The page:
All of us have or had one. They’ve shaped who we are from both a nature and nurture perspective. Our relationships with our mothers can often be complicated and intense. After all, their words can ricochet around in our heads like no others. My mother happens to be an independent, outspoken, ambitious woman who has an abundance of both gumption and grit. And as a teenager I wanted to be nothing like her.
She grew up in a tiny town in Mississippi called Shady Grove. In her own words she “was an only child until she was 10 years old” and then in rapid succession, 4 siblings arrived. I’m entertained with the indignation in her voice – even as an 80-year-old who has outlived more than half of them. I would call the means of my grandparents humble and their education limited. I can remember my Grandfather, with his thick head of white hair, the sweet scent of menthol cigarettes and his rounded belly protruding from his zippered onesie. He’d be seated at the kitchen table within arms reach of the coffee pot but would command one of his daughters to get up and refill his cup. “Yes Daddy,” they’d respond.
The world of opportunity for girls was limited to their future role as wife and mother. If you really thought post secondary education was worth it then home economics, teaching or nursing were on the outer reaches of your ambitious notions. Boys on the other hand were proffered a birthright special status with lauded expectations of grandeur - as athletes, 4 star Generals, or movie stars.
My mother was the first in her extended family to attend college, dutifully studying home economics at an affordable nearby junior college. She got a job to pay for school and was courted anonymously by “The Fantom” who used to leave love notes on her typewriter. Appalled at his spelling, my mother was nonetheless charmed by his corny humor. They eloped a few months before my father was drafted into the US Army. In a few short years they had their first child, me, and my mother found herself on a ship headed for Germany to be reunited with my dad. She’d never been more than a few hundred miles from home.
There was no housing available on base so we settled into a neighborhood in Nuremberg, across the street from a prison where Nazi prisoners paced the grounds. My mother was frustrated by her inability to understand what everyone was talking about so she immediately enrolled in German language classes. She’s fluent to this day. We spent 3 years in Germany and then headed stateside with me and my new brother in tow. We moved 13 times before I graduated from High School, and she found the strength to see my dad off to and from Viet Nam – twice. A single mom for a year at a time, constantly fretful of that reality becoming a constant. Thankfully, they survived.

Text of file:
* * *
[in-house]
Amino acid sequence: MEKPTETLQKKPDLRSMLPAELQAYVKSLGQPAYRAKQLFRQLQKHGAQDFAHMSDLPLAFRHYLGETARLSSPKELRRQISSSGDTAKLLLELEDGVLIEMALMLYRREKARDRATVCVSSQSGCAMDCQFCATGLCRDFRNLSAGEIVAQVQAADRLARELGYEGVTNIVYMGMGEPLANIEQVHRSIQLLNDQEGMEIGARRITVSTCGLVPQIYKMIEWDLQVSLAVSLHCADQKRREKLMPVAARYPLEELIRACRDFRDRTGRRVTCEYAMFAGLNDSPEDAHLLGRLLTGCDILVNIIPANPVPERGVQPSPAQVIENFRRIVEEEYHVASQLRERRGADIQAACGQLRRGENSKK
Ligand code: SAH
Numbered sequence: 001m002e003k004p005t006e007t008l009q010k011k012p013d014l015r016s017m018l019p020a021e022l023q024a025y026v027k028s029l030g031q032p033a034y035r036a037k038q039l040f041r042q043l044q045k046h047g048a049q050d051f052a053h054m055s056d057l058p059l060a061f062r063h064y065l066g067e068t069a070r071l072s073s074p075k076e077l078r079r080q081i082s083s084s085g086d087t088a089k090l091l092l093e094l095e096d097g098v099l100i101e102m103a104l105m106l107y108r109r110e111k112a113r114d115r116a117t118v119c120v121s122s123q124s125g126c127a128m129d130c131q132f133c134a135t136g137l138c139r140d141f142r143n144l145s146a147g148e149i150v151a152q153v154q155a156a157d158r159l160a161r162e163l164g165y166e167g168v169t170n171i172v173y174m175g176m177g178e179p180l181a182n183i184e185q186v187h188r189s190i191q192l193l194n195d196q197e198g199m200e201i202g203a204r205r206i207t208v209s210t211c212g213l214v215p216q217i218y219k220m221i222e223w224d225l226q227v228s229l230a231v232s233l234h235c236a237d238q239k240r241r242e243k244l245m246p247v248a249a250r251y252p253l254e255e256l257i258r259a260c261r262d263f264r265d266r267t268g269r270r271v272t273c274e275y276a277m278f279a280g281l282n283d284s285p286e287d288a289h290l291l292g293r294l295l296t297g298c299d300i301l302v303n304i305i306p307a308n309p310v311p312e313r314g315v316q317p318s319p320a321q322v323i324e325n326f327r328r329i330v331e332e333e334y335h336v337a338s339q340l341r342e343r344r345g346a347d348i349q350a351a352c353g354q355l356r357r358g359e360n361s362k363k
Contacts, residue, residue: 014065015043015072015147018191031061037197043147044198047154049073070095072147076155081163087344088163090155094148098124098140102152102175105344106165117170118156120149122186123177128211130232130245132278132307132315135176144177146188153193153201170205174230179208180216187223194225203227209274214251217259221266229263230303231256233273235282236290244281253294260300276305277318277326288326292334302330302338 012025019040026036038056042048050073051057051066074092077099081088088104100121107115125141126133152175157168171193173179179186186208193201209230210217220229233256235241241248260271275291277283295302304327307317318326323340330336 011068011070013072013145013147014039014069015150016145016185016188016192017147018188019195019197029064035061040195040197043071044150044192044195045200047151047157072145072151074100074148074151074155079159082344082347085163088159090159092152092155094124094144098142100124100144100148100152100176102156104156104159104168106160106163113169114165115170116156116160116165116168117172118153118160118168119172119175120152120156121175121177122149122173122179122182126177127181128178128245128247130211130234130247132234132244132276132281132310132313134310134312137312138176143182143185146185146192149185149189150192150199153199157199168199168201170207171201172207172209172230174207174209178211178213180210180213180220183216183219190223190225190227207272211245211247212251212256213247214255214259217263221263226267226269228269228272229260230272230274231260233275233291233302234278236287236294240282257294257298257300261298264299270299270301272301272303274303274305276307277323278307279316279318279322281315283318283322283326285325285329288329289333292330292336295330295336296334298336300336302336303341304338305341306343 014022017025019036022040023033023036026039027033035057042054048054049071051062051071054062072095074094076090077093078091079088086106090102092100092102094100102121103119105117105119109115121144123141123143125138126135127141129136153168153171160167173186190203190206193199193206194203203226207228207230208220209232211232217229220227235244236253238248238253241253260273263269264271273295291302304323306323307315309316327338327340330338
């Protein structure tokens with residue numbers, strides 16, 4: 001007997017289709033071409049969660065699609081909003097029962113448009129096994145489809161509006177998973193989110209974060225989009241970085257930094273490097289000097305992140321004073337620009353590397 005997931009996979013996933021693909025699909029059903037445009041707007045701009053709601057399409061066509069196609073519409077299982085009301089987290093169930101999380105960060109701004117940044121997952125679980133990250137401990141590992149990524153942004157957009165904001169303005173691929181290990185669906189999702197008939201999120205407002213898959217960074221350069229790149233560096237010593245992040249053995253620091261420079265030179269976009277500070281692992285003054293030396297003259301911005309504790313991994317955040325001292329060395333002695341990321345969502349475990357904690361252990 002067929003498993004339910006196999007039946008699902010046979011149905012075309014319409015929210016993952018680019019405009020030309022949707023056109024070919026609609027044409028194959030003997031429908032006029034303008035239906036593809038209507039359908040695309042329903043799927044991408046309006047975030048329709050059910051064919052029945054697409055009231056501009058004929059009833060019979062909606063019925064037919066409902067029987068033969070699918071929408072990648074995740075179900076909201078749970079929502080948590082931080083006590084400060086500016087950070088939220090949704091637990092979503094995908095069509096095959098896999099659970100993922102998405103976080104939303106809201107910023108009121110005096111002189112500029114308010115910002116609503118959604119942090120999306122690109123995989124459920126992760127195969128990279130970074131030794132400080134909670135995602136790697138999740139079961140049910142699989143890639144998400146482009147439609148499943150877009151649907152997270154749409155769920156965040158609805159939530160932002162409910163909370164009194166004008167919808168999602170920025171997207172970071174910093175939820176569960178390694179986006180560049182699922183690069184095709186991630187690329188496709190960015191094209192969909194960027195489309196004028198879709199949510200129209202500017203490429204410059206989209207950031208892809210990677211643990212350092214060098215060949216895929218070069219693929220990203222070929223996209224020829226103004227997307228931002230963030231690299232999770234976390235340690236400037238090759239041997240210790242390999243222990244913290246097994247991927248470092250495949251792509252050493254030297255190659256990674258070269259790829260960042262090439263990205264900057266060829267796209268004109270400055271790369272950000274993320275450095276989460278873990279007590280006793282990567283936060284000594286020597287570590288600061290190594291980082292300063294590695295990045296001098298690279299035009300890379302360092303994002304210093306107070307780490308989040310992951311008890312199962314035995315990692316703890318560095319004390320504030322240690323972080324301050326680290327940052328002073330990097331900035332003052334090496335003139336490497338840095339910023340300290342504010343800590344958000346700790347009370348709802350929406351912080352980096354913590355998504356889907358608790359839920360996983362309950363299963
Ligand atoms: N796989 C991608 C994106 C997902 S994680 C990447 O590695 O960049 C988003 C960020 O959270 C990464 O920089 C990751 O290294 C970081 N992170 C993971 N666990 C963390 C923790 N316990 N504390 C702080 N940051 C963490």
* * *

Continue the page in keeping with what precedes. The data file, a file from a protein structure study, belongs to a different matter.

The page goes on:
With mad shorthand skills (it’s a lost art but check it out here), my mom landed a job as a secretary for a stock brokerage firm in Kansas City, Missouri, while my dad trained to became an officer. My mom’s curiosity got the best of her and she absorbed information like a sponge. One day she mustered up the gumption to approach her boss and explain to him that she wanted to become a stock broker. In essence, he patted her on the head and told her how cute that was, but no, not going to happen. Undeterred my mother made it a weekly plea, upping the intensity with each new request. He finally relented but warned her that the tests were complicated and required critical thinking – she had one shot and one shot only. Needless to say, she did not fail.
She not only became one of the first female stock brokers in the early 1970’s but she became one of the top performers in her firm, winning national titles year after year. At one event in Hawaii she accepted her award wearing a men’s tuxedo she had rented just for the occasion. My dad proudly encouraged and supported her every step of the way. He became a helicopter pilot, so she learned to pilot small planes as well. And a small town girl from Mississippi found herself soaring high, despite the odds against her.
In 1995 they retired into their dream home on the back bay of Biloxi, Mississippi. They remodeled it for over a year to get it into pristine condition for my dad’s Viet Nam reunion, which they hosted in May 2005. In August, Hurricane Katrina washed away 50 years of memories and keepsakes. They watched from across the street as everything they had worked for vanished into the murky, furious waters they loved so well. The next day, they got busy rebuilding their lives – a bit worn around the edges, but determined and united. They had once again survived.
So when I came to them with this crazy idea to start a clothing line for tomboys, my parents didn’t bat an eye. In fact, they were our first investors, and have supported us every step of the way. They’ve lived through the ups and downs of entrepreneurship right along with Naomi and me. They’ve ironed shirts, built shelves and carried boxes to the post office. And my mom wears her TomboyX branded gear loudly and proudly. I doubt she would have imagined herself a boxer brief wearing 80-year-old, but that’s who she’s become. Her favorite style? The Feeling Frisky, of course!
People ask me where we got the courage to start a new clothing line for tomboys, despite the odds against us? I know exactly where. In fact, a large part of who I am today is because I was raised by a woman who is independent, outspoken, ambitious and has an abundance of both gumption and grit. I like to sum it up as tomboy spirit.